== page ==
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Instagram Pulled the Plug on the App That Lets You ‘Be’ Other Users

Users of Being can no longer see into other people’s personal feeds.

It appears that Instagram pulled the cord on Being, the app that allowed users to Rear Window their way into celebrities' normally semi-private Instagram feeds. The app was previously featured on Apple's featured apps page, but now it's completely gone.

UPDATE: Instagram has pulled our API access. Thank you all for making us a Top 30 social app in ONE week. Hang tight, we will be live again.

Being for iPhoneFebruary 26, 2016

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Adam Mashaal, the creator of the app, told me that Instagram revoked API access as of 8 PM EST on Thursday. To prevent potential downloaders from downloading an essentially useless app, he pulled it from the App Store.

The app pulled following lists for users that your Instagram had access to—this includes all public accounts and all private accounts you're allowed to follow. The app then collates all of those followed users' posts, giving you a feed that closely resembles what that person sees when they open their own Instagram app. Bam. You're "being" that person.

The thing about Being is that it treads a very fine line between creepy and enlightening. While following lists on public accounts are public, you're probably not used to the idea of tailoring your following lists knowing that, say, a potential employer or your mom might be spying on your feed. What you post and share is public, but who or what you think is follow-worthy—wingnuts, pornstars, dumb meme aggregators and everything in between—is usually not so easily surfaced for other users.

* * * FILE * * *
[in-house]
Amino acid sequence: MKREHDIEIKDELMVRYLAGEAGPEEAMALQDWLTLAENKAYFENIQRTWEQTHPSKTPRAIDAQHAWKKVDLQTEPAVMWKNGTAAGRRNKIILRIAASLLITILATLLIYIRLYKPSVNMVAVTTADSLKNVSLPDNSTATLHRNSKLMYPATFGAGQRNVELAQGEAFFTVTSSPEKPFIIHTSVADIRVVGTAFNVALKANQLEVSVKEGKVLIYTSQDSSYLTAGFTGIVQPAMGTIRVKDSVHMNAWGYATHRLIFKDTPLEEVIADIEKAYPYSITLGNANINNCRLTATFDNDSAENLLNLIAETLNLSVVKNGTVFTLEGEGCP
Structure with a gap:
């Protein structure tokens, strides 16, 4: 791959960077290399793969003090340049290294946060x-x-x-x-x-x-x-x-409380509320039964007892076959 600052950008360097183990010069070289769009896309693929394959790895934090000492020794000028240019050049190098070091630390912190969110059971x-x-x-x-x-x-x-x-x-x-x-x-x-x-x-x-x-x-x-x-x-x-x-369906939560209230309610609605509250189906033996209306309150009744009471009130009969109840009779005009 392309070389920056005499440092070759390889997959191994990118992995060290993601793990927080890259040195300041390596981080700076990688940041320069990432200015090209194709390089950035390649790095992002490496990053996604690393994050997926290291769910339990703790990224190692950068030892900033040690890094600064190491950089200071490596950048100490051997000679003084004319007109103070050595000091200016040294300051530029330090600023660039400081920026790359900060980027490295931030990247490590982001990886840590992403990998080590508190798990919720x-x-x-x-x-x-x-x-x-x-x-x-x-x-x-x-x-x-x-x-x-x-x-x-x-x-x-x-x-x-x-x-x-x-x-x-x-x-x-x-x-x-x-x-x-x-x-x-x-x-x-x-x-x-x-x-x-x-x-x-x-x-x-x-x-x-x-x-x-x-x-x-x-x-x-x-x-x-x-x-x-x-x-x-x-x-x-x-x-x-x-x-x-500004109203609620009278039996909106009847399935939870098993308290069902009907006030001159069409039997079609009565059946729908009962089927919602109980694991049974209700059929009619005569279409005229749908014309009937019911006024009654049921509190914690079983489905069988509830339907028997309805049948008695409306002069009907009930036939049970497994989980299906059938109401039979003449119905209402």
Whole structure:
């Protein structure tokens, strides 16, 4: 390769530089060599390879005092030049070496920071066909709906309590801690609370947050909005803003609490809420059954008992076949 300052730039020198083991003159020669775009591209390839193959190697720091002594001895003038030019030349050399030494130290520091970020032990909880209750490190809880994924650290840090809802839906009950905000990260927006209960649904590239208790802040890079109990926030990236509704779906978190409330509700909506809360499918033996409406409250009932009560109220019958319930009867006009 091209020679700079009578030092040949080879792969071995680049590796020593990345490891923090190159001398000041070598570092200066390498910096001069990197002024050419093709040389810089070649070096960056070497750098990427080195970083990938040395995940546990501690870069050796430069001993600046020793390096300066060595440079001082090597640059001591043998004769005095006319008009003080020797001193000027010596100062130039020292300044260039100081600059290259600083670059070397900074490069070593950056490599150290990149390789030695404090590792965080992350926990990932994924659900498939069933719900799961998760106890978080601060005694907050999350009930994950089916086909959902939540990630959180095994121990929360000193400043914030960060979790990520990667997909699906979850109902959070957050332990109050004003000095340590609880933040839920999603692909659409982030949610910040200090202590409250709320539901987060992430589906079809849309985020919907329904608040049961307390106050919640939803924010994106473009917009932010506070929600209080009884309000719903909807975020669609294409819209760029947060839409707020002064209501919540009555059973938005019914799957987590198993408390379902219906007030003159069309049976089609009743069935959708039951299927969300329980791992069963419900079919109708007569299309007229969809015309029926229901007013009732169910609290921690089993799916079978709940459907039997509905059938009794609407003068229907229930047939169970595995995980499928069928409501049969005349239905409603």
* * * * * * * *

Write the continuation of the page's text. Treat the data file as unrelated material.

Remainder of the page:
Being allows you to learn, as Mashaal says, "about their tastes and interests in a way that isn't necessarily represented in what they're posting." Unfortunately for him, Instagram likely saw it as a privacy violation per their Platform Policy, which requires that apps:

"Comply with all applicable laws or regulations. Don't violate any rights of any person, including but not limited to intellectual property rights, rights of privacy, or rights of personality. Don't expose Instagram or people who use Instagram to harm or legal liability."

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Instagram declined to comment, saying that it doesn't discuss individual apps. Mashaal, meanwhile, said it felt like he was blindsided.

"As a developer on that platform, we expected some courtesy from them that they could send me an email before they revoked access," he said. "That would be more respectable, but the way they went about doing this felt like a slap to the face to the entire independent developer community."

Mashaal told me that the app had seen 40,000 users since its launch last week, with 11,000 downloads in the last day. These numbers are big enough to catch Instagram's eye, and it smacks of the same unfriendliness that marked Twitter's battle with its own third party developers over access to its API.

In a sense, all of Twitter's third party clients were there to fill feature gaps on its own native app. Before Tweetdeck was acquired by Twitter, it gave users an accessible multi-pane view of all their timelines—a feature that's still missing from the native Twitter app. Being, Mashaal said, was billed to complement Instagram's own set of features, and was already generating tens of thousands of likes and follows.

While the app generated newfound interest in Instagram by peeking on your friends and seeing that celebrities are pretty much just like us, it's likely that Instagram pulled the plug to avoid potential privacy-related drama. So for now, the shades are all closed.